In recent weeks, we often hear the word “measles” in combination with the much more frightening word “epidemic”.
In this regard, we at City Lab Medical Laboratory wish to clarify the nature and characteristics of this disease.
What is the measles virus?
Measles, also known as smallpox and cranberry, is an infectious disease characterized by a specific rash on the skin, inflammation of the mucous membrane of the upper respiratory tract and complications from the respiratory system in general.
The disease is transmitted from person to person by airborne droplets and is extremely contagious.
Upon contact with a carrier of the virus, the chance of infection approaches 100% for non-immunized persons.
Children between the ages of 2 and 10 are most often affected by smallpox. Infants are protected because they receive antibodies from the mother through breast milk, provided she has built up immunity.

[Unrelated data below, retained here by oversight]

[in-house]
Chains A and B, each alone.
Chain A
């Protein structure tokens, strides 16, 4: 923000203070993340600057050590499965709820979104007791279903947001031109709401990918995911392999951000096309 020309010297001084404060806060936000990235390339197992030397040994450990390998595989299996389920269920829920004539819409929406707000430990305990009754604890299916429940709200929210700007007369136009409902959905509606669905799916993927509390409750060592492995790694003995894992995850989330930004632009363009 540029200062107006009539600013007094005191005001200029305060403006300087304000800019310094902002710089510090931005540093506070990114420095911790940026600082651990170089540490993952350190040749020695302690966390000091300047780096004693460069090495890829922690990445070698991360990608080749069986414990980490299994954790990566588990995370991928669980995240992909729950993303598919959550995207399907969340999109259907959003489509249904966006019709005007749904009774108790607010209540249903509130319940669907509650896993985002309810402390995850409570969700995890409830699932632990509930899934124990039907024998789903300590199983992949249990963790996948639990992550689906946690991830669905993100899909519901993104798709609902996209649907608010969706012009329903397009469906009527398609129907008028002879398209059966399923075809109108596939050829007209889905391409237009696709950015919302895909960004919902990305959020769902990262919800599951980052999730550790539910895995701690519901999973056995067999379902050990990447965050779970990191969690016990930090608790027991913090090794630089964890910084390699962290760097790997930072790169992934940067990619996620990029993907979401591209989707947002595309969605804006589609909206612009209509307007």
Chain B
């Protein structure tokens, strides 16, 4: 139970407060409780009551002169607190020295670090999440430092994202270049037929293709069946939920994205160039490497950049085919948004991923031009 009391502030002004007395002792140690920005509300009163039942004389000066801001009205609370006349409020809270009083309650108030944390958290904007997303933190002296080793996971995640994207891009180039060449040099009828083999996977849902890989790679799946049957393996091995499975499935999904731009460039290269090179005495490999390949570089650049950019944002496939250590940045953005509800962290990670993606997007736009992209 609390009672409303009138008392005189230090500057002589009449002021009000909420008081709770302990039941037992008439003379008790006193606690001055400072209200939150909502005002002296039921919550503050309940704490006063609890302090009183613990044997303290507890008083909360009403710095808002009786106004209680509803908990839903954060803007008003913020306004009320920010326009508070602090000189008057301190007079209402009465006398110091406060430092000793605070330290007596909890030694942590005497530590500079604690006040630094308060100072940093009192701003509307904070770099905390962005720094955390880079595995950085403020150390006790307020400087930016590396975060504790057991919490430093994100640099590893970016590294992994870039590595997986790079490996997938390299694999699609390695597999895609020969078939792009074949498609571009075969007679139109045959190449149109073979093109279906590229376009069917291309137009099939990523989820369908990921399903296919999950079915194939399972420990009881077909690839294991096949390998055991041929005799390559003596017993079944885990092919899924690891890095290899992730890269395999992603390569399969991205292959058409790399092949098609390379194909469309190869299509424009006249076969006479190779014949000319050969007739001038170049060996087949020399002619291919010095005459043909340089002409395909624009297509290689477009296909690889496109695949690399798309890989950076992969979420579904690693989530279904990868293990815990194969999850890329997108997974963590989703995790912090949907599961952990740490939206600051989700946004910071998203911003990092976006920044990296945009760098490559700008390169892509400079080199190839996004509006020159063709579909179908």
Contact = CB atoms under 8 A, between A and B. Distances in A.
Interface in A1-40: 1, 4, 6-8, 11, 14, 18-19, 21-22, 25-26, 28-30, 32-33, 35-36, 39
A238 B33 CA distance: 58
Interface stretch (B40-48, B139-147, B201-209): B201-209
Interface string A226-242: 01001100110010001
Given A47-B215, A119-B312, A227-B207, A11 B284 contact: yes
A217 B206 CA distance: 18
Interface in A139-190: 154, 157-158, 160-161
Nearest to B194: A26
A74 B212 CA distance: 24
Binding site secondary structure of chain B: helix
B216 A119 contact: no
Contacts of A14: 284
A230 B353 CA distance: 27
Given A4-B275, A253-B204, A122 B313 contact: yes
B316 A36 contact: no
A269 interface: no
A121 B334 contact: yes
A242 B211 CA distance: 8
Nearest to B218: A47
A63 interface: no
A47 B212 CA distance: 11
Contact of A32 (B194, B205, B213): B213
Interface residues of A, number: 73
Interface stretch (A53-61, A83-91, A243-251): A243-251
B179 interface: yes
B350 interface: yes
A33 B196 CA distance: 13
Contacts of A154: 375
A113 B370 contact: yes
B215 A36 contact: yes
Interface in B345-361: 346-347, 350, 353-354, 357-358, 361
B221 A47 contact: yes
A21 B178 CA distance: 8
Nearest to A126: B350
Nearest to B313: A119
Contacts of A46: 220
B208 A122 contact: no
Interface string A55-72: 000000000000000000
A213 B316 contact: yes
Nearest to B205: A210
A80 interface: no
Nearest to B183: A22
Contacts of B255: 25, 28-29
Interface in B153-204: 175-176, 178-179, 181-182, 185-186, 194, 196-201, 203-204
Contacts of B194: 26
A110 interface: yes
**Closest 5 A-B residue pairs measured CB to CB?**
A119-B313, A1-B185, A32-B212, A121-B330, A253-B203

There is no specific treatment for smallpox and symptoms usually subside after 2-3 weeks.
The virus suppresses the immune system and makes the body susceptible to secondary bacterial infections. In its acute phase, it can affect both the brain and the lung and cause a fatal disease, and in some cases, complications may not appear until years later.
How to protect against infection?
The main means of prevention and fight against smallpox is vaccination. The vaccine is among the mandatory ones in our country and is carried out in two stages – at 13 months of age and reimmunization at 12 years of age. Immunization creates lifelong immunity. The vaccine was introduced in 1969.